12. Jul 7, 2009 #11

    Moonbear

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    Same here. It doesn't make any sense to erase the whole thing, but a lot of sense to strike a deal to get a partial payment to get something rather than nothing. Then you're at least a bit further ahead than if they file bankruptcy and you get nothing anyway. For example, a company might get someone to pay down the principle on the debt and forgive some or all of the interest (though, depending on how long someone takes to pay off a loan, maybe that's what happens...they've actually paid back the original purchase price a few times over through the interest payments, and what's remaining is just the compounding interest...then it might be worth cutting them loose to run up a new debt).
     
  13. Jul 7, 2009 #12

    cristo

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    If you use a credit card properly, then you can make money; pay for something on a credit card while the money you would use to buy it is in a savings account. A month later, pay off the credit card bill and you will have made a month's interest on that money.

    However, the main benefit (at least in my opinion) of using a credit card is the protection you get. In this day and age, it's difficult to predict whether the company you've just bought your holiday off (say) is about to go bankrupt. If they do, then your money is automatically protected if you use a credit card but not if you use a debit card. I also use a credit card for most internet transactions for the same reason.
     
  14. Jul 7, 2009 #13

    Pengwuino

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    Doesn't that only work in the unlikely situation your interest rate on your CC is less then the rate on your savings account?
     
  15. Jul 7, 2009 #14
    If you pay on time then there is not interest. cristo is saying you'll get a month's worth of interest at most.
     
  16. Jul 7, 2009 #15

    cristo

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    Yup; sure, it might not be a massive amount you'll earn, but as my gran used to say "look after the pennies, and the pounds will look after themselves"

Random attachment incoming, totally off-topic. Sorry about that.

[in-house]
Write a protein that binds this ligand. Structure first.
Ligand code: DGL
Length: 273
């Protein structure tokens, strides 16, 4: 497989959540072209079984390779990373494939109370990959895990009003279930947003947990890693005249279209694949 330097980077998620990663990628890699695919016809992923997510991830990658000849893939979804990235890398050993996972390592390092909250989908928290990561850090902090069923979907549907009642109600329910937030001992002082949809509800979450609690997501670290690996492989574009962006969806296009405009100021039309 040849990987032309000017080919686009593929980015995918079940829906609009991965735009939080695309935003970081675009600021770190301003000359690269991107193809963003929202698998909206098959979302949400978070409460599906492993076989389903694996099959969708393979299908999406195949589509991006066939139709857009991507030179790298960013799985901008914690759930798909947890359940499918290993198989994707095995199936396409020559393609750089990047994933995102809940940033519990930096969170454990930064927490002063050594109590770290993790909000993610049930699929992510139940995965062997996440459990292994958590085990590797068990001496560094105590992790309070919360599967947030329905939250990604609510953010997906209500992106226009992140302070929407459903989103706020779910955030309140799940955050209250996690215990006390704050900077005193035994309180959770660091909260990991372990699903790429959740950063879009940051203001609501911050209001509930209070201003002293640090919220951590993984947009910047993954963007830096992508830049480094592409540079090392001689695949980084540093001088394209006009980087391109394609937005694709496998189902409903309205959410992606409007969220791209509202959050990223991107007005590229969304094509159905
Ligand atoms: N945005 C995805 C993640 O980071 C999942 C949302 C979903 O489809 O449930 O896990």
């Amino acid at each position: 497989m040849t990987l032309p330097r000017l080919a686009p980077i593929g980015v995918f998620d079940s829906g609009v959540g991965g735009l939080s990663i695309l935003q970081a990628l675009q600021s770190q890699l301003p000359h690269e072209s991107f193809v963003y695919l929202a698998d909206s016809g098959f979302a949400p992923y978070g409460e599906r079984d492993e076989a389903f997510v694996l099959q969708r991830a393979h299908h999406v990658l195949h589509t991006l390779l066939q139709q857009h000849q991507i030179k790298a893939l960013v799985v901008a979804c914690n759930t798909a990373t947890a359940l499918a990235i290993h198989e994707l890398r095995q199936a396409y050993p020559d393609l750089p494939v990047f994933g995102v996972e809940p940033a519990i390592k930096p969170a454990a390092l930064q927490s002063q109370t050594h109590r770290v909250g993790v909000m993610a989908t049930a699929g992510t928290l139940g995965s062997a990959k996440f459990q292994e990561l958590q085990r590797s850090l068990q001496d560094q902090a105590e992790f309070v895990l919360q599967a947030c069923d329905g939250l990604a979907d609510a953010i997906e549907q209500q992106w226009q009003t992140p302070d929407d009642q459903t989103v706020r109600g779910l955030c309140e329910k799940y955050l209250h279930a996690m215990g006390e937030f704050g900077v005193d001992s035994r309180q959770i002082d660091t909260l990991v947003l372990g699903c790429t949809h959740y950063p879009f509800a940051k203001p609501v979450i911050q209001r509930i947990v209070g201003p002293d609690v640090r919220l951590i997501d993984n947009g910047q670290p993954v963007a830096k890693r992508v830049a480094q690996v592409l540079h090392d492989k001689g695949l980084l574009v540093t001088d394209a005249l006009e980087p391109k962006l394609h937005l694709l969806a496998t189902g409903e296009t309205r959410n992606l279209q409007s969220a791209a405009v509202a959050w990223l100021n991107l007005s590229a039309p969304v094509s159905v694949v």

17. Jul 7, 2009 #16

    Pengwuino

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    Ah, you got me tripped up by saying "a month later". I was thinking a month after you got the bill :rofl:.
     
  18. Jul 7, 2009 #17
    In short, what are the new laws limiting bankruptcy in the U.S. compared to, say, a decade ago?
     
  19. Jul 8, 2009 #18
    There is usually a statute of limitations on debt retrieval. This does not stop collections agencies from trying to come after you for the money. It is possible that they are simply "getting rid of" debt that is no longer legally owed anyway.

    There is a similar scam where a company will contact yiou and tell you that there is money owed you by the state held up in red tape and that they can get it for you for a small fee. The reality is that you can get the money for yourself for free just by filling out a form that the state will supply you.
     
  20. Jul 8, 2009 #19
    While it is true that people should live within their means and should be responsible for their debts, credit card banks contribute a significant amount to the problem of the debt burden. Credit card banks make all of their money on late fees and interest, sometimes they skew the field so that they make it almost impossible for a lot of people to pay off their debt.

    Why should a credit card bank be allowed to jack up interest rates on previously accumulated debt?

    Why should a customer be charged outrageous over the credit limit fees when the bank could easily help out the consumer and simply deny the transaction in the first place if the consumer reached their credit limit?

    Why should banks be allowed to allocate all payments to lower interest rate balances first before higher interest rate balances are paid off?

    Consumers should use credit responsibly, but lenders should also lend responsibly. Banks shouldn't be giving college students who have no jobs credit cards with $10,000 credit limits
     
  21. Jul 8, 2009 #20
    Because that is all included in the contract you agree to when you get the credit card. If you don't like the terms they offer, don't use their service. For the first, instead of getting a "floating rate" credit card, get one with a fixed rate. For the second, usually if you contact the institution they will set this option upon request. The third bugs me too, I'm pretty sure you'll find it in your credit agreement, which you should have signed. The obvious reason that they do this is that banks are in business to make money, and they make more money off of the higher interest rate balances than the lower interest rate ones.

    Banks are in business to make money. If they didn't expect that the person will be able to eventually pay back then credit, they wouldn't have given it. If the customer doesn't pay back the money, the bank eats that loss (either directly, or indirectly through insurance).

    Just remember, when you're dealing with a business, their legal responsibility is to maximize profit for the shareholders, not to look out for the customer's best interests. That's your responsibility, not theirs.